Saturday, June 1, 2024

    The Phases of Spring Turkey Season: Understanding the Biology

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    As our spring turkey season continues in Michigan I have noticed a trend. During the last week of April and the first week of March, hunters have been discussing the fact that the toms are being very quiet and seemingly nowhere to be found. My own hunting has validated this as well. As soon as April 23rd hit, the gobbling stopped. My initial impression was it had to be the weather. We have had a string of very cold Michigan spring days—including some hail. Looking deeper into the biology of the wild turkey it appears the answer may be much more complex.

    It appears that turkeys have similar phases to whitetail deer. We have been in the turkey rut the past few weeks and recently the ‘lockdown’ phase has begun. Let me explain. Turkeys go through several distinct stages:

    1. During winter, according to the Michigan DNR, turkeys tend to separate into three main groups. Adult toms, young jakes (young males), and hens. As spring arrives, these temporary flocks break up and the adult toms begin trying to attract a harem of hens. Almost every hen will breed with a tom during the spring. In Michigan this period is the beginning of April when the toms and hens are very vocal and chasing one another, exhibiting rut like activity (reminiscent of deer). The toms may fight each other for territory as they try to stake their claim to their hens. Once this pecking order is settled the breeding begins.
    2. Breeding (aka lockdown): During this phase, according to Game and Fish Magazine, “Toms stay close to the hens all day and roost in close proximity at night. Such henned-up toms are difficult, if not impossible, to call.” This is the period we are in currently in Michigan. Sometimes the toms or jakes will answer your call, but they are unlikely to come strutting over to you. They are expecting the hens to come to them (male turkeys have it easy—the hens do all the work). This period is marked by frustrated hunters and quiet birds. However, hope lies ahead…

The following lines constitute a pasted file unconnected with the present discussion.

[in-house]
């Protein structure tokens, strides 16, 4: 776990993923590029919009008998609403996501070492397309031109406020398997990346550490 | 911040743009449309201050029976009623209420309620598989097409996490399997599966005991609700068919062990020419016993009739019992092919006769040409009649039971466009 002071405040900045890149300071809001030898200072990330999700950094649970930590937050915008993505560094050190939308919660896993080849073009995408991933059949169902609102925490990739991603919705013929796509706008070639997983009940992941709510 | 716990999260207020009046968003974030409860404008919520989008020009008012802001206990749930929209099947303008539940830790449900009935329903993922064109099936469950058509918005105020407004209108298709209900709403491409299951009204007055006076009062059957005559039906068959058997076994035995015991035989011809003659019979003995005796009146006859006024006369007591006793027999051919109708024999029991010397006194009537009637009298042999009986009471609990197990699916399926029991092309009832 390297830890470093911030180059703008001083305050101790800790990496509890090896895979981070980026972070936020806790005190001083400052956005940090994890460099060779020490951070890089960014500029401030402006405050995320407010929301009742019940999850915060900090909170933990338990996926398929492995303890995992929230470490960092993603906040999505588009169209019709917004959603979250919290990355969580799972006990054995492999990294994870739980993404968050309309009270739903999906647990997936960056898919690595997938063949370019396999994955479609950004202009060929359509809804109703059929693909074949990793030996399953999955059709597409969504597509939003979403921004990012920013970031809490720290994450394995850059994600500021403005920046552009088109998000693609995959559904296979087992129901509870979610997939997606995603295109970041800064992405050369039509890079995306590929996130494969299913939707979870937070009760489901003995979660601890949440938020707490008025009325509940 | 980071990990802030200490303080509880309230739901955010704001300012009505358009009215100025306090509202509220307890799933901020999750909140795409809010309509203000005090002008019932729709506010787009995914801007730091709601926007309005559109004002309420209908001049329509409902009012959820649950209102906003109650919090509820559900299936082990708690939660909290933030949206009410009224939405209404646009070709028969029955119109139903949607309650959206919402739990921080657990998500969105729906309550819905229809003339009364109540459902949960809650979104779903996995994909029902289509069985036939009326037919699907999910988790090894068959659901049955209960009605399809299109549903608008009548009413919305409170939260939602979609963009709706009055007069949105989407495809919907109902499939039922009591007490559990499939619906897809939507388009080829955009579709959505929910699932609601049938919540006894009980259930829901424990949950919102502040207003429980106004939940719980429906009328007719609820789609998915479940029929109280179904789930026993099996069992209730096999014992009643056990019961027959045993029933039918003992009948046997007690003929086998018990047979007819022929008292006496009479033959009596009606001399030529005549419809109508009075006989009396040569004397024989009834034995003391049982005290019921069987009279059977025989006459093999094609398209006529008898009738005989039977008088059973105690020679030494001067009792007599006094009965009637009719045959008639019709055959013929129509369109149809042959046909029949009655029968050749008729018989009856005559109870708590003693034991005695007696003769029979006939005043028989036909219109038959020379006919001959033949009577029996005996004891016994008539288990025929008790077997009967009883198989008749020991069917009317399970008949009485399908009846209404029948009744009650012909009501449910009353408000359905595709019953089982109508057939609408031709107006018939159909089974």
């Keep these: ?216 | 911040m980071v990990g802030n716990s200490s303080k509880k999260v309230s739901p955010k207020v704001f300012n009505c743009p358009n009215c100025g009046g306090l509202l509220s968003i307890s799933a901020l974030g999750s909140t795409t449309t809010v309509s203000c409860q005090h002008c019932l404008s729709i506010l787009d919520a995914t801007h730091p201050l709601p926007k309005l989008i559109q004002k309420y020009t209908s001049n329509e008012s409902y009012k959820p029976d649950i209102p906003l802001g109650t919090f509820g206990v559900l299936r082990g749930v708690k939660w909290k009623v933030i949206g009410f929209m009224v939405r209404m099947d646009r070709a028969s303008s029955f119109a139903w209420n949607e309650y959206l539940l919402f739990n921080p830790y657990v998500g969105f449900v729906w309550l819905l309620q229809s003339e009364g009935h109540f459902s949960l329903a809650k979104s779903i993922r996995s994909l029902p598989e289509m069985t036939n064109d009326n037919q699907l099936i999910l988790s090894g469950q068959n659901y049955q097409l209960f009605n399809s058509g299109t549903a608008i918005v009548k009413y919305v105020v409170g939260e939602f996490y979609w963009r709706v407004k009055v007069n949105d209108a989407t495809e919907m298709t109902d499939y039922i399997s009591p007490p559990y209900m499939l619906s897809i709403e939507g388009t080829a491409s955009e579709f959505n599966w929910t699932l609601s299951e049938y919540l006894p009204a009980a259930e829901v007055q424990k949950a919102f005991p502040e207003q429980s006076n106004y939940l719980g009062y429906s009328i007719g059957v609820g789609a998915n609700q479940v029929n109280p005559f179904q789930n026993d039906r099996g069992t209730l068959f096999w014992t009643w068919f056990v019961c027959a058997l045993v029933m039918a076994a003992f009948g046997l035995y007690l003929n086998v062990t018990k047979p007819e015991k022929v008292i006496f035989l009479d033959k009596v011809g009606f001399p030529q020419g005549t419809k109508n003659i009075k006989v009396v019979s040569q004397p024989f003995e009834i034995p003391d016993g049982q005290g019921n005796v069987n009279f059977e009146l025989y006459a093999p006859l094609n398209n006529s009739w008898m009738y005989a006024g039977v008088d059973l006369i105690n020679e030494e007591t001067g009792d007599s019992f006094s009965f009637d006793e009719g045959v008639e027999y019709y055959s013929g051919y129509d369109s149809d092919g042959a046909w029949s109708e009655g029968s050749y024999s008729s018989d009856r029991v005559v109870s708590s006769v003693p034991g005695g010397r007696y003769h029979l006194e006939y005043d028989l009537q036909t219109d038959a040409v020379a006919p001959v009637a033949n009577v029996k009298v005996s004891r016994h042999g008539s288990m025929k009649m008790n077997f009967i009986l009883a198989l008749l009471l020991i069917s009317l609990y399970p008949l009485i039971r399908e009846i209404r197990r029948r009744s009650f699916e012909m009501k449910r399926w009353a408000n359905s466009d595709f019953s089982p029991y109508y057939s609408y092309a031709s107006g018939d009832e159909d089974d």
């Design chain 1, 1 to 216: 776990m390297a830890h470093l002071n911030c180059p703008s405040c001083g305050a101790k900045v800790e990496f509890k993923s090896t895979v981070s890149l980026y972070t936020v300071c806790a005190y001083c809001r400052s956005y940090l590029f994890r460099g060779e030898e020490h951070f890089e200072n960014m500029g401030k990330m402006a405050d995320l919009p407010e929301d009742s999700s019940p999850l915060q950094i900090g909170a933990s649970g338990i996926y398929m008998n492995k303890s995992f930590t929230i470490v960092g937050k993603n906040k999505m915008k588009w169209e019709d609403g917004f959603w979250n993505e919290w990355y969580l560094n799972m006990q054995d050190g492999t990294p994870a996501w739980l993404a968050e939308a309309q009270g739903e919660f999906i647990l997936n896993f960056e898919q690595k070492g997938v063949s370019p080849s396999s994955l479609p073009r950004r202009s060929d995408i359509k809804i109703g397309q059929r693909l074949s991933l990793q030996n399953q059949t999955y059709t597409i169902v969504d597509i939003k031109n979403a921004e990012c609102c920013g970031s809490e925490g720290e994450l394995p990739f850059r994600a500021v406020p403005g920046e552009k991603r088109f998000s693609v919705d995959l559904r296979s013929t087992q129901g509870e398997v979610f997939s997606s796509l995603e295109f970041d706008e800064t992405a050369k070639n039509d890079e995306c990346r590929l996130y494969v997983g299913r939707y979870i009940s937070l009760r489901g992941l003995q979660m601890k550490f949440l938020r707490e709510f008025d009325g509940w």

3. Nesting: Hatchlings are typically born in Michigan in the early weeks of June. The hens nest and incubate the eggs for about 28 days. Extrapolating this, we see that nesting begins somewhere between the first and second week of May on average. At this point, the hens are busy with their nests and have no use for the toms anymore. The toms though, are still in the mood to breed. This can be the period when they may go walking toward the sound of that new hen they haven’t met yet. Gobbling may increase and a hunter’s chances can once again improve for bagging a tom.

    The allure of turkey hunting is that it seems like it should be an easy proposition. Go out and kill a bird. How hard can it be? As the season progresses, hunters quickly realize that this is no simple feat. These birds are programmed with innate reflexes and defense mechanisms that make them extremely cautious and difficult to get close to. Understanding their biology can help shift things in your favor and help you stay positive when they stop responding to calls in late April and early May.

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